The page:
There's no way you'd ever get a "homemade" medical device approved. But if you want to build something to monitor your own heart rate (or something like that) nobody is going to stop you. But if you work for a doctor and you bring it into the office, that could be a problem.

it would seem that this falls into the category of "if you have to ask the question, you are not ready to perform the task"

I think an instructor asked the class, if you were on a plane at 30,000 feet and you know that the software controlling the plane was written by your and your team.
by a show of hands, how many would have total confidence ?

then he asked the one person who raised his hand, and asked why are you so confident ?

"because I am certain that if the plane were controlled by the software written by my team, well that plane would never get off the ground !

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I can speak only to automotive code.

  1. you must use a recognized compiler
  2. you cannot use semi documented macros like those that are common in the Arduino IDE.
  3. The code must be tested usually in the product validation testing
  4. The code must be evaluated by a 2nd programmer (or consultant**) to verify EVERY possible code path or input value is valid and will not fail.

** There are companies that offer code "checking" as a service. There is a specific name for this activity that escapes me at the moment.

There are some other requirements but the above are all I can remember tonight.

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I should have stated in my post #9 that we were dealing with imbedded controllers with a manageable amount of code.

For major vehicle systems I expect a different approach, however were were working to a vehicle specification so perhaps it does apply. Especially for safety / vehicle function code.

Oddly enough, the most complex bit of code on a vehicle ECM is the level sender code. Sloshing fuel, driving / parking on an angle makes the level sender information difficult to unwind.

I won't be "working" for a doctor, but I will be trying to get a specialist interested in my monitoring project. Could you expand on the type of problems that scenario might create?

@claude_j_greengrass If somebody dies while monitored by your medical device, you may end up in jail and be liable for more money than you will ever earn in your life.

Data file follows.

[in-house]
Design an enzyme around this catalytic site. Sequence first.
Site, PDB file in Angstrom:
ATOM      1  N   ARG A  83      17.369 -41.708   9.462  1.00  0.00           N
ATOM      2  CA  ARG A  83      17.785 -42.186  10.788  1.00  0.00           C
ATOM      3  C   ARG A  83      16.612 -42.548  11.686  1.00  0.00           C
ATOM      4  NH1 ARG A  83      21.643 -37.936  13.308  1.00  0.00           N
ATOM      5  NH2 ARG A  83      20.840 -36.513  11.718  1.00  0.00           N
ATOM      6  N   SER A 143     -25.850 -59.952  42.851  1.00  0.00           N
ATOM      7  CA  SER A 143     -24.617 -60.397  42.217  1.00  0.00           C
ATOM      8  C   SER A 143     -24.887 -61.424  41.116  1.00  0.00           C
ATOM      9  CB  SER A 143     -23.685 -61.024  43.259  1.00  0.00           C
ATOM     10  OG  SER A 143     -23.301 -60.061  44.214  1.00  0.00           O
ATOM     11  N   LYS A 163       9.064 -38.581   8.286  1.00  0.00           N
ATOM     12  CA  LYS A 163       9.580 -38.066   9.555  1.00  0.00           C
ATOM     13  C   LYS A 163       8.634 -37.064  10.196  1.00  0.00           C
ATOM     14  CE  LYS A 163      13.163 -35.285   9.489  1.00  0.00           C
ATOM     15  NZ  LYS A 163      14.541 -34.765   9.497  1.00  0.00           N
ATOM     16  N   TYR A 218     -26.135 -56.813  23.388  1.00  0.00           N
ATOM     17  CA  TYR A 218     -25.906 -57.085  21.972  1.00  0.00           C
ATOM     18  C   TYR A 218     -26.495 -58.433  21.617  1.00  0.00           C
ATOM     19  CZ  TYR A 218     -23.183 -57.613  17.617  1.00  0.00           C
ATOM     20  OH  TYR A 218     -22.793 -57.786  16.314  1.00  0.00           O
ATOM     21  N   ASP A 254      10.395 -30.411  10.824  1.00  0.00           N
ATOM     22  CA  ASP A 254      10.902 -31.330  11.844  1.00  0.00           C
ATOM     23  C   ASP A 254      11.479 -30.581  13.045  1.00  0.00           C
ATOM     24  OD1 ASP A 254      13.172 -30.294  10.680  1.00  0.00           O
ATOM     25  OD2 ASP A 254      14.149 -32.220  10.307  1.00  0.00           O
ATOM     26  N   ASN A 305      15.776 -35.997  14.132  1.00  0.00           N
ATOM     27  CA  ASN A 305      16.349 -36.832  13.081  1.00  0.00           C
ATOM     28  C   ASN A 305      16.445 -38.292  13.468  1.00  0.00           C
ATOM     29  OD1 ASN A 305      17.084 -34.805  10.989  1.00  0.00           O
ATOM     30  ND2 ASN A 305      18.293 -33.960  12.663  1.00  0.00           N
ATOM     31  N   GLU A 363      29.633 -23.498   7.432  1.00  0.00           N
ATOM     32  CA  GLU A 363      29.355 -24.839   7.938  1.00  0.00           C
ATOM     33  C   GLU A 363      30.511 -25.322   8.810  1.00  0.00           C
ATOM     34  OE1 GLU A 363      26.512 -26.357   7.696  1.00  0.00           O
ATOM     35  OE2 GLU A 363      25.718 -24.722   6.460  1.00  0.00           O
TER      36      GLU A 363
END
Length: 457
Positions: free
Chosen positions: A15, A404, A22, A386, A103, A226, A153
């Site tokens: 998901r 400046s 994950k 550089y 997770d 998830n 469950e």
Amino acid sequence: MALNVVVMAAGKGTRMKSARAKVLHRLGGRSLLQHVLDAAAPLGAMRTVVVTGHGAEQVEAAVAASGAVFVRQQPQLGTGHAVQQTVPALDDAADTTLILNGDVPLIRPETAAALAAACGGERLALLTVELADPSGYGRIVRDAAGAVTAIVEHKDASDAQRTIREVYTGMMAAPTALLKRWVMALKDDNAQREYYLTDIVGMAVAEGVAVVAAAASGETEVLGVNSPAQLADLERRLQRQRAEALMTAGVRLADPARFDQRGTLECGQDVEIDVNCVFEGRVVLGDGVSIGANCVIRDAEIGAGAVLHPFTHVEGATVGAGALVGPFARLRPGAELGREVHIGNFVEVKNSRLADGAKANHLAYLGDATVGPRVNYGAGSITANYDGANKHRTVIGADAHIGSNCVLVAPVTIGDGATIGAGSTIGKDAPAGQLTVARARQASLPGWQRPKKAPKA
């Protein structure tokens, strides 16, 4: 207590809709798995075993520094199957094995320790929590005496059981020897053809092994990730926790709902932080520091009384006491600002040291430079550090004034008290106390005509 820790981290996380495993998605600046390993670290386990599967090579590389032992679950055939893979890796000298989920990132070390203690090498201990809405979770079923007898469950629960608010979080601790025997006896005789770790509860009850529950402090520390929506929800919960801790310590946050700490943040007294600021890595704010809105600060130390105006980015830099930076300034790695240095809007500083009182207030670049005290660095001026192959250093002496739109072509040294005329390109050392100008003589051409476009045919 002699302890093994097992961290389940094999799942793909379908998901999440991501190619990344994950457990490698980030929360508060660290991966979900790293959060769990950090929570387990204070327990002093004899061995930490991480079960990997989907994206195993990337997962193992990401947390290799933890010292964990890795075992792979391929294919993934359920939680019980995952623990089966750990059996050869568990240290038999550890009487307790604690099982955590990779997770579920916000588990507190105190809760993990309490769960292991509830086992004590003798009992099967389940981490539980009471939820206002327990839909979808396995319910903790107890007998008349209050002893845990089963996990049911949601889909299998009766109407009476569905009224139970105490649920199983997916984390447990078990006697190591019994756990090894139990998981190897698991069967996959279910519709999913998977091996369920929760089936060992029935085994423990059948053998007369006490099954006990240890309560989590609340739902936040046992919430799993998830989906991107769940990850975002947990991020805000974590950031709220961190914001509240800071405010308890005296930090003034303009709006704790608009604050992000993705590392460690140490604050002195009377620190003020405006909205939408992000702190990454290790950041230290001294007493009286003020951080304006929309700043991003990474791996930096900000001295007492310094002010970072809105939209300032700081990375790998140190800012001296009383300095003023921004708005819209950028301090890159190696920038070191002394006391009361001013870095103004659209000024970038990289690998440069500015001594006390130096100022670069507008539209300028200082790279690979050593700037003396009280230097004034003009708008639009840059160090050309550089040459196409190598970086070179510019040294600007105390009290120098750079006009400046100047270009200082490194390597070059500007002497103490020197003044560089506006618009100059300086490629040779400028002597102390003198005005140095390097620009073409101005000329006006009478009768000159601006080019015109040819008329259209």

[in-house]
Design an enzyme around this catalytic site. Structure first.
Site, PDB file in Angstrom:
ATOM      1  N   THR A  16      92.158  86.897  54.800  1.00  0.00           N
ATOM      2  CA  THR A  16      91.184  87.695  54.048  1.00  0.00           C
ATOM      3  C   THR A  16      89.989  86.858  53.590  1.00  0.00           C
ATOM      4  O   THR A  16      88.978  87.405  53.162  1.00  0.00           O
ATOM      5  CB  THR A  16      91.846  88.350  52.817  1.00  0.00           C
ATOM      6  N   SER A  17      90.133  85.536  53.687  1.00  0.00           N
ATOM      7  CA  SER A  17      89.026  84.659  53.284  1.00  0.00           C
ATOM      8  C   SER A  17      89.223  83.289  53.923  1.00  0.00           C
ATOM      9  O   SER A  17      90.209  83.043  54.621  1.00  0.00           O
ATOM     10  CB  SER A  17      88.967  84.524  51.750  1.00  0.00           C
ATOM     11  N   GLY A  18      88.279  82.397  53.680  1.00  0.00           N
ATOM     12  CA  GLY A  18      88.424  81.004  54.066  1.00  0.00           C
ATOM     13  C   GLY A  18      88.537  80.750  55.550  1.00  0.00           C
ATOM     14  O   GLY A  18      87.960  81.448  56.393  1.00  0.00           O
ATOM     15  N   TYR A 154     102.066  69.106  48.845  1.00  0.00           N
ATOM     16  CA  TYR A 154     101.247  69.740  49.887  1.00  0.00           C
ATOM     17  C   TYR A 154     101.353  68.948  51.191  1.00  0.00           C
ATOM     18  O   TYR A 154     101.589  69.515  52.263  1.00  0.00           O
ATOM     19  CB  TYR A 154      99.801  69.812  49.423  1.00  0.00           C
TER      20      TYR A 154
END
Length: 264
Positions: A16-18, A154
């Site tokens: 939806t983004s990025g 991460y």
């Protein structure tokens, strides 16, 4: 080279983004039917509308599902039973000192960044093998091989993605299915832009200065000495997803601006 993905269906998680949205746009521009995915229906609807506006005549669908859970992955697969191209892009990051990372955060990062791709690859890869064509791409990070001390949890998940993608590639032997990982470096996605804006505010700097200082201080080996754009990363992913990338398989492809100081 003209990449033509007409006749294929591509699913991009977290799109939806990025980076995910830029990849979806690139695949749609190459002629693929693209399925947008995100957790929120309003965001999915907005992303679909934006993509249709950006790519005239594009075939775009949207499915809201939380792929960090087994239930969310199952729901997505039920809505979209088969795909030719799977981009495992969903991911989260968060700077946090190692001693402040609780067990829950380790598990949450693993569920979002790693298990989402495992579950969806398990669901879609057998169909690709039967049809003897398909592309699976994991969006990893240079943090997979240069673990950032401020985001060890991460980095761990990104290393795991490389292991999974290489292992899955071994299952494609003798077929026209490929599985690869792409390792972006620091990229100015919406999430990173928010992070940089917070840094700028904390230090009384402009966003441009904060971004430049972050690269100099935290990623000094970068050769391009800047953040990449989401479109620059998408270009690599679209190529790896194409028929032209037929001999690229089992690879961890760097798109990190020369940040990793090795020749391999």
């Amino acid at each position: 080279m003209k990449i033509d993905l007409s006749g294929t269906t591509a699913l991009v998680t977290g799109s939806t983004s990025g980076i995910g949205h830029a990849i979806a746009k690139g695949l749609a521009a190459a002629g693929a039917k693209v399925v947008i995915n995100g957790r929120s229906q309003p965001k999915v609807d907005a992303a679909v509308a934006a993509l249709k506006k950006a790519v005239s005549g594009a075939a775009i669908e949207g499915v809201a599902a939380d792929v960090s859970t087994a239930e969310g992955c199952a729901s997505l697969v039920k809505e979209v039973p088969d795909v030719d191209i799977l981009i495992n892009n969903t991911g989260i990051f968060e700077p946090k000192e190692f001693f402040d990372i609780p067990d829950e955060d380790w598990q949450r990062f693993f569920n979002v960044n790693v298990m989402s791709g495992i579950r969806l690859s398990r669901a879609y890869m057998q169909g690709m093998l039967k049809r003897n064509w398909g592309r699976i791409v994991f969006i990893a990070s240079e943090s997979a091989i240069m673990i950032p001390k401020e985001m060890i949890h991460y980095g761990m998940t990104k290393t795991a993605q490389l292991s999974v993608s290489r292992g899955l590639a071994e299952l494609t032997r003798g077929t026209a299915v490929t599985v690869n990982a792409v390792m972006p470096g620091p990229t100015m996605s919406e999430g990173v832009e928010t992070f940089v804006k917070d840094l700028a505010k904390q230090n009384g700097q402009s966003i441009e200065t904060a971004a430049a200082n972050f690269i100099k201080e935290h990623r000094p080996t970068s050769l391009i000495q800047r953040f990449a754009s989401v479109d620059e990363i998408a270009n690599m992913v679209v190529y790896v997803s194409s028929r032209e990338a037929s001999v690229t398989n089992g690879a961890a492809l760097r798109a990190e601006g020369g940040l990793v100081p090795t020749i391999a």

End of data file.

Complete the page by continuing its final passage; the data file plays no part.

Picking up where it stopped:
Medical devices are used on people that have medical issues. That is their function.
If something happens, you need to be able to proof that you developed your medical device to the best practices know today. For a single developer that is simply not possible.

So the moral of the story is that OP should try to sell it to a company that makes medical equipment already?

No, the moral of the story is the OP should form a corporation so he can protect his assets, but has to have more than one shareholder, otherwise the corporation is a sham. Then the corporation should license the product to other companies.
Paul

Monitoring a medical condition doesn't always involve life/death conditions. In the case of Essential Tremors and Parkinson's Disease, the long term prognosis of either condition is still not well understood nor well studied. Both conditions get worse with age.

Longitudinal studies, particular of ETs, is a sadly neglected study area. Something I hope to make a minor contribution to.

The world is not just populated by compassionate developers like you but also people in a bad situation and lawyers that take advantage of the situation.

Before you work with a real patient get some advice from a lawyer to cover yourself.

I wish you all the best for your project and hope you can help some people.

That’s an interesting point…
Even if your device has no direct association with the ‘cause of death’, a good prosecutor may suggest the failing of the device led professionals to ignore ‘real’ life threatening symptoms…. masked by incorrect output or indications from the device.

While full liability probably wouldn’t be ascribed to you or the device, you might get off with 20% exposure to the $50million settlement. :scream:

That of course depends on where you live and the local laws...

Before a device is accepted as "medical grade" it has to go through lots of validation and certification if there is even a remote chance that it might lead to bad consequences.